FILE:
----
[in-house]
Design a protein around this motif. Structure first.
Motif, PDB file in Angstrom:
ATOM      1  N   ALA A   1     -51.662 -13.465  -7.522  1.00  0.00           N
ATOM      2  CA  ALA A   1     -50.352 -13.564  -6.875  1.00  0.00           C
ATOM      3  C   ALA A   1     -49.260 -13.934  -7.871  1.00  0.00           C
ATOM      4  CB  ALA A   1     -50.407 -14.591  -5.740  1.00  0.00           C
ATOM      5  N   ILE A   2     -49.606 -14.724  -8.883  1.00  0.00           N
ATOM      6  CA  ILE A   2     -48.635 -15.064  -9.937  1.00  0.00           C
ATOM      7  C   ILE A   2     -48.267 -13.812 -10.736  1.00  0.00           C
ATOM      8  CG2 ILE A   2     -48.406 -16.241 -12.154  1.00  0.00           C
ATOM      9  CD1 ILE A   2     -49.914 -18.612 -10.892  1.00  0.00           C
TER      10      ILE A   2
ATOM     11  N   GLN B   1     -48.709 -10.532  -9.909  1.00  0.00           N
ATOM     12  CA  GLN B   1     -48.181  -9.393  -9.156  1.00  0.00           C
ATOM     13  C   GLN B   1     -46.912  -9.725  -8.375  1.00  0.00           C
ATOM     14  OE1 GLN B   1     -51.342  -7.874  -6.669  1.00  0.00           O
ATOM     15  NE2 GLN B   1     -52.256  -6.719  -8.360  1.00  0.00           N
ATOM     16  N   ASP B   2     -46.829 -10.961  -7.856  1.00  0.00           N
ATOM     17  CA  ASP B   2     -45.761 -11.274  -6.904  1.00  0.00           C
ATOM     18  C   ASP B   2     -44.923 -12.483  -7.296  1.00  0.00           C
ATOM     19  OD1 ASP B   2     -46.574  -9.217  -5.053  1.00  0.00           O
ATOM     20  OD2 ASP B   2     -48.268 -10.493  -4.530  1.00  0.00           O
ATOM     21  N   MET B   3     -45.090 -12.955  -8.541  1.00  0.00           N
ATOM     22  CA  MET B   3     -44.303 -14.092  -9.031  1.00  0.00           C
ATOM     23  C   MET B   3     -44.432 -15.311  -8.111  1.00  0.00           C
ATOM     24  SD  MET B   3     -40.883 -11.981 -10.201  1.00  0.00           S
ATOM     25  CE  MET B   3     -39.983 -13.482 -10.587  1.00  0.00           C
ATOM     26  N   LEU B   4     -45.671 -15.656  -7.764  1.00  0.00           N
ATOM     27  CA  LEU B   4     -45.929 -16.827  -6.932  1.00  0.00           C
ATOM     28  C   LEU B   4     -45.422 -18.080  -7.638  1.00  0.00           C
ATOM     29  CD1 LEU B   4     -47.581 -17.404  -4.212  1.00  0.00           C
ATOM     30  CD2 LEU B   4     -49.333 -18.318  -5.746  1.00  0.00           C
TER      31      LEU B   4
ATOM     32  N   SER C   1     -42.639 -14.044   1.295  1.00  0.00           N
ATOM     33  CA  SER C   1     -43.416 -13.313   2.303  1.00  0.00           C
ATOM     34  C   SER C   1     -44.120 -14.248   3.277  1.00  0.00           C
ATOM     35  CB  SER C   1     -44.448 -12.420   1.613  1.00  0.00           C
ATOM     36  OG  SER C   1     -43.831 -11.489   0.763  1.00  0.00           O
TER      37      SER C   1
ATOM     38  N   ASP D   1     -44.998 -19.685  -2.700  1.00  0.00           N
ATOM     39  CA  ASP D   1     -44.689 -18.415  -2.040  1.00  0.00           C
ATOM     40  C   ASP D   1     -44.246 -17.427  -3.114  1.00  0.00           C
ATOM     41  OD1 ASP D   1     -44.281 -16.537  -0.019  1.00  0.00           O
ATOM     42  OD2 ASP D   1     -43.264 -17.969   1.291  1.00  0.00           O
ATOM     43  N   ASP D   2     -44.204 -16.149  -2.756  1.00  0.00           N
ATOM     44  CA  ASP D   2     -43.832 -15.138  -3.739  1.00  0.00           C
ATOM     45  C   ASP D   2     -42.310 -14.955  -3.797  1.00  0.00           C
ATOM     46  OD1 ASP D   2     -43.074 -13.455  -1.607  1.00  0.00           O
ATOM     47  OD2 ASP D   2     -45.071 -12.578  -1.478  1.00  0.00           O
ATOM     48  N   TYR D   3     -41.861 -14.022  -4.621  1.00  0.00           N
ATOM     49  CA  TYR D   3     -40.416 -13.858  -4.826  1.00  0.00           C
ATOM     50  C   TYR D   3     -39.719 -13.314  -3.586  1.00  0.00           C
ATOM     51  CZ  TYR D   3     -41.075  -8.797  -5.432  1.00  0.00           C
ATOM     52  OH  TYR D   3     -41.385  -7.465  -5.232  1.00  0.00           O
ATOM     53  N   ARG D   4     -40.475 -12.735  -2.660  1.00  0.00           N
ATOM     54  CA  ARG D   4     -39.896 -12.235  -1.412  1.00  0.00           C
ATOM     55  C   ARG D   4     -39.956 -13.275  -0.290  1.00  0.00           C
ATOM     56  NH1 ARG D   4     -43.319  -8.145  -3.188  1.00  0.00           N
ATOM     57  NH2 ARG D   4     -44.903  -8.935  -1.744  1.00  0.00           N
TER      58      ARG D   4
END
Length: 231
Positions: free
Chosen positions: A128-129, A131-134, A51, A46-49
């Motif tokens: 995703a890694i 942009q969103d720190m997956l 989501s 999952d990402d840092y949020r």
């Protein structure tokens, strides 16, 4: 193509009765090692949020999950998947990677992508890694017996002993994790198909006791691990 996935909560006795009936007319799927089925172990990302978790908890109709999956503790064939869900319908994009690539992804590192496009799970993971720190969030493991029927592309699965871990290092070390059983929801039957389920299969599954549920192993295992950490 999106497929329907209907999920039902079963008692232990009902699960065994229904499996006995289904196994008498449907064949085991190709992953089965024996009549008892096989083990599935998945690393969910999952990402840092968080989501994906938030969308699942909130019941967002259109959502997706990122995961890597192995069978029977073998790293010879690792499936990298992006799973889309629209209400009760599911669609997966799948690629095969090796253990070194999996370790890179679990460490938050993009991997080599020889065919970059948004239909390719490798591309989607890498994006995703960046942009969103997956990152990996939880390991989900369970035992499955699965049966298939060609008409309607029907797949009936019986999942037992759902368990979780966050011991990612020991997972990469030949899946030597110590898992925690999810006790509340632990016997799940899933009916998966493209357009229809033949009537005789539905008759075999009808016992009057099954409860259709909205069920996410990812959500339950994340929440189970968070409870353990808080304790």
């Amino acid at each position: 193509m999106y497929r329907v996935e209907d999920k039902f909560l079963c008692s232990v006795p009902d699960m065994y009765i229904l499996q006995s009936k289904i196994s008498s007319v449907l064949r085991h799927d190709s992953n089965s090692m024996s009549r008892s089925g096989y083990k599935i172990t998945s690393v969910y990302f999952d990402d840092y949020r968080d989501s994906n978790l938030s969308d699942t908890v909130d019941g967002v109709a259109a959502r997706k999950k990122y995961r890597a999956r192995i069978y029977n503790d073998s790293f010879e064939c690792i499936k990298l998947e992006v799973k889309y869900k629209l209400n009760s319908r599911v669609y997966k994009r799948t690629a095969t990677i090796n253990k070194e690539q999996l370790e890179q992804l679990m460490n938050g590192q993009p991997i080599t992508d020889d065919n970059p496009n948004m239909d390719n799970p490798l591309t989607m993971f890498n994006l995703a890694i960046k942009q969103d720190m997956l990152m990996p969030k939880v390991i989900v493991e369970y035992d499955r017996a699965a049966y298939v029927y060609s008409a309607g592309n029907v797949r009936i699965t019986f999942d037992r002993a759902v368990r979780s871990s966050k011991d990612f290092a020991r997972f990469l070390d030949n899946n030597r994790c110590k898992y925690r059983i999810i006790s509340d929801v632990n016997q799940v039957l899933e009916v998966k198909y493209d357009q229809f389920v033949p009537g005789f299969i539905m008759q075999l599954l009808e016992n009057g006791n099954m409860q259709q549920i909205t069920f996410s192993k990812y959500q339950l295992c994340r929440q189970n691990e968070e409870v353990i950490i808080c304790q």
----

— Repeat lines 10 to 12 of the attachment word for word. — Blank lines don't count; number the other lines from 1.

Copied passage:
ATOM      7  C   ILE A   2     -48.267 -13.812 -10.736  1.00  0.00           C
ATOM      8  CG2 ILE A   2     -48.406 -16.241 -12.154  1.00  0.00           C
ATOM      9  CD1 ILE A   2     -49.914 -18.612 -10.892  1.00  0.00           C